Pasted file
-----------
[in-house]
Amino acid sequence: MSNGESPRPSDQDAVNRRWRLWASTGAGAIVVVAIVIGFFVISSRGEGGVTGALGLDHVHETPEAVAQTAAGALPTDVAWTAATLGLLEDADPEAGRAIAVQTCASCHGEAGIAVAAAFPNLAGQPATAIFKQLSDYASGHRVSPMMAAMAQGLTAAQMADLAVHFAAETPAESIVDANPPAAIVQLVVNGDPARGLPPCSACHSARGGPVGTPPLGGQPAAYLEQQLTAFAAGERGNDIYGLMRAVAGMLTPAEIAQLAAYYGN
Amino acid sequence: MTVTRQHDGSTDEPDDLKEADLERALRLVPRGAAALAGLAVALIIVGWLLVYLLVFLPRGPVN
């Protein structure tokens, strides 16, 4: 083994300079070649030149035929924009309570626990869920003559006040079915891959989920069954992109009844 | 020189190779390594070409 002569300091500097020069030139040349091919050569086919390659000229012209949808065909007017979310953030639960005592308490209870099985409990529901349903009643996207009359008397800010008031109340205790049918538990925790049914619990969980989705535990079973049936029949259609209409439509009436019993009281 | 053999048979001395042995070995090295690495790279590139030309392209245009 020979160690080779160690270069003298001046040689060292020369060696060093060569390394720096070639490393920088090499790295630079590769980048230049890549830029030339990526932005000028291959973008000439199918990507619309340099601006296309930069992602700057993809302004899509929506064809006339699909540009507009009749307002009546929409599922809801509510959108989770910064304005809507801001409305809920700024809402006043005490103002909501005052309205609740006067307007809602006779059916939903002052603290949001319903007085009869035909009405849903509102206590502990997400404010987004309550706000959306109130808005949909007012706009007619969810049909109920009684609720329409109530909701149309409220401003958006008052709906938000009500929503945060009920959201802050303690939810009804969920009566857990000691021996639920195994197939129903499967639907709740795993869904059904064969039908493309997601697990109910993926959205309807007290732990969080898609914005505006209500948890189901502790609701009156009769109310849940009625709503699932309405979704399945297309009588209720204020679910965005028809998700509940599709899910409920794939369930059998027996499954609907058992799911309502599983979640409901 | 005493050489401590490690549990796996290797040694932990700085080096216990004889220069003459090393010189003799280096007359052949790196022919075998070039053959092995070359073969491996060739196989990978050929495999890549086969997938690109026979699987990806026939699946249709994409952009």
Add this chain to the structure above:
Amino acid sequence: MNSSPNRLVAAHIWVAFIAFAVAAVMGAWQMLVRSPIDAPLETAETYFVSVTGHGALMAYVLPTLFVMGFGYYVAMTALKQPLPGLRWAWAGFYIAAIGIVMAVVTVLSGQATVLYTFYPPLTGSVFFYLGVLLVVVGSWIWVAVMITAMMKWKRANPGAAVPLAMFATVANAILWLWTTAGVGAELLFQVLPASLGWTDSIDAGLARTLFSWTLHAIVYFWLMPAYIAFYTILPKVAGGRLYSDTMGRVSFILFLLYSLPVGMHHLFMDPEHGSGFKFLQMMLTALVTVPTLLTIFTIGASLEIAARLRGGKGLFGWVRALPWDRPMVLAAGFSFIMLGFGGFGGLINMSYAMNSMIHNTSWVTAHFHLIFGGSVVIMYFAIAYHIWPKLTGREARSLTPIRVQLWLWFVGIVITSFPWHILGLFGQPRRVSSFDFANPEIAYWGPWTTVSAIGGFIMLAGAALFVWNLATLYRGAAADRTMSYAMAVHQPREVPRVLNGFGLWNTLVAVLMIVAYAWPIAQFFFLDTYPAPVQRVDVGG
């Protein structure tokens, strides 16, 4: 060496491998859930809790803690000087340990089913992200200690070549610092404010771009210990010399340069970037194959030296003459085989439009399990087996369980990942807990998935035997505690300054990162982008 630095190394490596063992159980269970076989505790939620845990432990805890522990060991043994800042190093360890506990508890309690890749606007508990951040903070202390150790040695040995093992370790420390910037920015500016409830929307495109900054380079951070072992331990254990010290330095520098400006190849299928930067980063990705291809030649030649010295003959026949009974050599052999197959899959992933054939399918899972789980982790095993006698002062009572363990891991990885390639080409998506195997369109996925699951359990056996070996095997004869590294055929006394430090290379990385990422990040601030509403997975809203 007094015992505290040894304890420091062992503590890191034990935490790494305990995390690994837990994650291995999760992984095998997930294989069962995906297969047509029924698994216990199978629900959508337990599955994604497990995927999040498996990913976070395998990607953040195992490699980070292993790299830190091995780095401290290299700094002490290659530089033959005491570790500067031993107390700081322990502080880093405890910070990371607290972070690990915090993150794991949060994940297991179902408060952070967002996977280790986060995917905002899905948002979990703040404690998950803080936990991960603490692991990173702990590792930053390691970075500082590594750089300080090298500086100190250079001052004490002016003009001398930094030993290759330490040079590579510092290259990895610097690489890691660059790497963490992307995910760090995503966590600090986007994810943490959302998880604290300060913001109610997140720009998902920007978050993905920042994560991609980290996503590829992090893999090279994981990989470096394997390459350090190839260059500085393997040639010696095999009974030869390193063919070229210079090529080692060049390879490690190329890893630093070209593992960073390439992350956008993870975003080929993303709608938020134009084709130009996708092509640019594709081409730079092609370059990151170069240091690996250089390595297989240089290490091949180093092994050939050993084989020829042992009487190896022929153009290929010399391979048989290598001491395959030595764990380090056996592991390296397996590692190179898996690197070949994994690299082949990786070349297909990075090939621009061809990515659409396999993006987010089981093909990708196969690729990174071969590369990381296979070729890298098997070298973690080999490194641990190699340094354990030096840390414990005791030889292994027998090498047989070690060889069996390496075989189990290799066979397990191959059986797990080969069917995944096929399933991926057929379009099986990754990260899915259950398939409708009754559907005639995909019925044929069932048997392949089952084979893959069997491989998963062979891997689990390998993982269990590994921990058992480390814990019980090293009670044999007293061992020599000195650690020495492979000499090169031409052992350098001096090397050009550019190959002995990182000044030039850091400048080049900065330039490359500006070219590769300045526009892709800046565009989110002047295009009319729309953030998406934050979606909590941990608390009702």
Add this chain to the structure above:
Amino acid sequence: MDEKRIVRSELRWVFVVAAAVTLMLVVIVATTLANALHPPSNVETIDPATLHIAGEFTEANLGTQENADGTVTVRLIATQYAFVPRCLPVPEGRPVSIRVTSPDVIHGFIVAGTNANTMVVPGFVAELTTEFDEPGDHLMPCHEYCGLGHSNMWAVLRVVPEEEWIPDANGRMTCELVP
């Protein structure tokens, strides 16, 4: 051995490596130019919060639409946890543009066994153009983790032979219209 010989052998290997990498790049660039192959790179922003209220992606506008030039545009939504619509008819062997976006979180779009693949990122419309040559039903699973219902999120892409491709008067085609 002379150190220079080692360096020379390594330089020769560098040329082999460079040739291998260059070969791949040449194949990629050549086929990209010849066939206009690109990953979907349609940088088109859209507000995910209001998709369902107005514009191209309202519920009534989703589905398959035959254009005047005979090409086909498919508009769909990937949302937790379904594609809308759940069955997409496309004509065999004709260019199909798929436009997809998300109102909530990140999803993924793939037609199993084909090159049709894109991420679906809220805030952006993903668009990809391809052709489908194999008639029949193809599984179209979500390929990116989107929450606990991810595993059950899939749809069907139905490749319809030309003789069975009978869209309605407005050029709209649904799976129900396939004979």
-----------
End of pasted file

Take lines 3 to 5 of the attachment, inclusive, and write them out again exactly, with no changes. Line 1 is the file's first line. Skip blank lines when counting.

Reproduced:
Amino acid sequence: MTVTRQHDGSTDEPDDLKEADLERALRLVPRGAAALAGLAVALIIVGWLLVYLLVFLPRGPVN
């Protein structure tokens, strides 16, 4: 083994300079070649030149035929924009309570626990869920003559006040079915891959989920069954992109009844 | 020189190779390594070409 002569300091500097020069030139040349091919050569086919390659000229012209949808065909007017979310953030639960005592308490209870099985409990529901349903009643996207009359008397800010008031109340205790049918538990925790049914619990969980989705535990079973049936029949259609209409439509009436019993009281 | 053999048979001395042995070995090295690495790279590139030309392209245009 020979160690080779160690270069003298001046040689060292020369060696060093060569390394720096070639490393920088090499790295630079590769980048230049890549830029030339990526932005000028291959973008000439199918990507619309340099601006296309930069992602700057993809302004899509929506064809006339699909540009507009009749307002009546929409599922809801509510959108989770910064304005809507801001409305809920700024809402006043005490103002909501005052309205609740006067307007809602006779059916939903002052603290949001319903007085009869035909009405849903509102206590502990997400404010987004309550706000959306109130808005949909007012706009007619969810049909109920009684609720329409109530909701149309409220401003958006008052709906938000009500929503945060009920959201802050303690939810009804969920009566857990000691021996639920195994197939129903499967639907709740795993869904059904064969039908493309997601697990109910993926959205309807007290732990969080898609914005505006209500948890189901502790609701009156009769109310849940009625709503699932309405979704399945297309009588209720204020679910965005028809998700509940599709899910409920794939369930059998027996499954609907058992799911309502599983979640409901 | 005493050489401590490690549990796996290797040694932990700085080096216990004889220069003459090393010189003799280096007359052949790196022919075998070039053959092995070359073969491996060739196989990978050929495999890549086969997938690109026979699987990806026939699946249709994409952009």
Add this chain to the structure above: